Two decades ago to the day, I sat right here in my home study and thought about how my career as a cyber incident responder was surely about to blast off. Though I had only been licensed to practice law for under two months, I just knew this subject matter was it — my rocket ship to stardom as a baby lawyer!
I had spent the prior two years learning all that I could about the subject, attending client meetings (with licensed attorneys), and accepted an offer to publish a law review article and speak on the subject at a CLE conference the following spring, which sure seemed like a good idea at the time.
The day had come and this was it — the last day of the Millennium and life as we knew it — when the clock struck midnight, the computers running our society would crash, the power grid would fail, planes would be falling from the sky, and there would be mass chaos. And that would lead to lots and lots of people needing legal help. I was ready to spring into action.
Then, the clock struck midnight, the ball dropped, the fireworks went off, and nothing else happened. Nothing. That was it — a dud. Perhaps the worst thing that came from it was that I then had to figure out how I would stand in front of a room of lawyers at Texas Tech and speak for an hour on a topic that didn’t exist — Y2K litigation — and do it on April 1, 2000. Yep, April Fool’s Day … who looked like the fool then?
Thank God this event was a dud and we didn’t have all of the problems that were anticipated. I am also thankful that my work with Y2K helped get me into the area of cyber law in general, which is what led to the career that I now have today. But it also presented another hurdle for several years.
By the time we had reached the late 2000s, along with others, I had begun recognizing and warning people about the business risks of computer hacking. Then, understanding that with many computer hacks, you had an unintended and unauthorized exposure of sensitive information — many times, individual people’s sensitive information — data breaches. But because events such as these had not yet become widely known or widely publicized, we had begun to sound like a bunch of Chicken Little’s warning that the sky was falling and people were not paying attention. I cannot tell you how many times I heard,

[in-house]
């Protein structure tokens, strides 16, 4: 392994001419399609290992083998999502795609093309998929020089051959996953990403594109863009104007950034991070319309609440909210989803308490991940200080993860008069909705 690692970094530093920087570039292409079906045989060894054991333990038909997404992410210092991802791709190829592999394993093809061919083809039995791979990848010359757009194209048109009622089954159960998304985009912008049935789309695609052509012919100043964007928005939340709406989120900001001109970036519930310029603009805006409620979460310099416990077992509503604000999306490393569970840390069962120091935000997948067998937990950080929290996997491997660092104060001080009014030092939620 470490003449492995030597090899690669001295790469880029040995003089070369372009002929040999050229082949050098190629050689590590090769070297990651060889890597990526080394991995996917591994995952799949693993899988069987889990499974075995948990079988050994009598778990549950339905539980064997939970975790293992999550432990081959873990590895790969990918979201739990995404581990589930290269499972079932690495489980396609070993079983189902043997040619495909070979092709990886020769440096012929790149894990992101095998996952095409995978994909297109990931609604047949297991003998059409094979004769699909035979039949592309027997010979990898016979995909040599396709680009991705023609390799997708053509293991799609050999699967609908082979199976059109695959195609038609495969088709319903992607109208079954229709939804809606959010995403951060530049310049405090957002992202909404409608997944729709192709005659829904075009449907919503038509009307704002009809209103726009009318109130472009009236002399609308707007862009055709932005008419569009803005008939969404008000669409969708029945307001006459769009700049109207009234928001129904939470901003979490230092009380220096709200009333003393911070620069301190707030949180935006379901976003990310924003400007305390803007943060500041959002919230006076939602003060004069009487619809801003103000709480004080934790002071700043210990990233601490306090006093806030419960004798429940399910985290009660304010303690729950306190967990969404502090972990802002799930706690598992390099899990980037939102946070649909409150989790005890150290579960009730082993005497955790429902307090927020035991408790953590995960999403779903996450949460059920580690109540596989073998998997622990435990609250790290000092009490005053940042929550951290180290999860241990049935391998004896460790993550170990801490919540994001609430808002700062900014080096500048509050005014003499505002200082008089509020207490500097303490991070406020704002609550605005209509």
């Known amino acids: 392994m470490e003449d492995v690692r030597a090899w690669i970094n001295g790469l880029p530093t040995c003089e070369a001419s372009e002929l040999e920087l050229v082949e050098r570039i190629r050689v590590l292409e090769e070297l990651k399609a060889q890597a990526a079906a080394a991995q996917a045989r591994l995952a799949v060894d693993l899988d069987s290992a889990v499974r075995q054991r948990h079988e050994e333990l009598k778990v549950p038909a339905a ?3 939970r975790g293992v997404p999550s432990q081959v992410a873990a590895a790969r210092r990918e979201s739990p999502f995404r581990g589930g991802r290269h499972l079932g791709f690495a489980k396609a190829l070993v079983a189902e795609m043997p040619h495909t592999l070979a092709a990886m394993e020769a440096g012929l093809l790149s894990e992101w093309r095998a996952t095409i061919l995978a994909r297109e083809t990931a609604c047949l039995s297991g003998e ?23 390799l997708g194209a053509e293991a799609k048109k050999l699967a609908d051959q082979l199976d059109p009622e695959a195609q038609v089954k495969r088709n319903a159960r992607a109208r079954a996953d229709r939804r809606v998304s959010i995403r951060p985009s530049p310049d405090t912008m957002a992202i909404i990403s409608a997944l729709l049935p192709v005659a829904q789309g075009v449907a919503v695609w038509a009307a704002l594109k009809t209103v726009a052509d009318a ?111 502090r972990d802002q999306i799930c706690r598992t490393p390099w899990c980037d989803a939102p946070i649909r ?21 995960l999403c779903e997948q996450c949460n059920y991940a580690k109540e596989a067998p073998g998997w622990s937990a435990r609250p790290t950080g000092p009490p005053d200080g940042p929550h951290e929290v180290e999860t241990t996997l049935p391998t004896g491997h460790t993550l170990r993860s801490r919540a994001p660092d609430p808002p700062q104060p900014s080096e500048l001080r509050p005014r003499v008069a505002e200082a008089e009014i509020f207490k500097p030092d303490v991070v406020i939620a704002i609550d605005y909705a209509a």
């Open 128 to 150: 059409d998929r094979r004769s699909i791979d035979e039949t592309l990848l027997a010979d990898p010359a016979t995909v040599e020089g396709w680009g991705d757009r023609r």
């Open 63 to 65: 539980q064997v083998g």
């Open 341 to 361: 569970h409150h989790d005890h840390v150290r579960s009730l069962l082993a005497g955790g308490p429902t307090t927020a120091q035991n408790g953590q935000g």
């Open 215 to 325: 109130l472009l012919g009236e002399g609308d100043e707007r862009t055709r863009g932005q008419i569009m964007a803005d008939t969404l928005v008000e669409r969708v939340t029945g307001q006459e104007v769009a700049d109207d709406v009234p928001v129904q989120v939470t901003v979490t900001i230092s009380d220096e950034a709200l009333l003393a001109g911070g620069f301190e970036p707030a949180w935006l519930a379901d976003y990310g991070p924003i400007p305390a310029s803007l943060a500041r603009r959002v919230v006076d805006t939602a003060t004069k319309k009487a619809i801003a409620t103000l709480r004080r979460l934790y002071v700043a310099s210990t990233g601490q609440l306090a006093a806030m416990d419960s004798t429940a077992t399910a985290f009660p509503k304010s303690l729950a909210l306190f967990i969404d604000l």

“Shawn, we have heard this from you before, we will believe it when it actually happens.”
Friends, as I sit here 20 years later, I can promise you this in no uncertain terms: cyber risk is real, it is already here, it is only going to increase, and it is an existential threat to every single business.
I changed the title to say this is an “unresolved risk” instead of “it is real” based upon a lot of feedback I received pointing out that Y2K was a very real risk. I appreciate this feedback and agree wholeheartedly.
Y2K was a very real problem and it was through tremendous efforts that it was mitigated. In this article I discuss some of the perspectives of people back in 2000 as to why it didn’t have the impact that was feared.
One very important difference between Y2K and the cybersecurity threats of our day that people must remember is this: Y2K was a problem — a glitch — that could be identified and fixed or at least worked around. The cybersecurity threat is different — it is comprised of attacks from active adversaries who are using cyber as a weapon for war, revolution, espionage, fraud, and extortion. It is not a thing, a problem, or a glitch that can be fixed — it is fundamentally a human nature problem and there are no magic bullets to prevent it.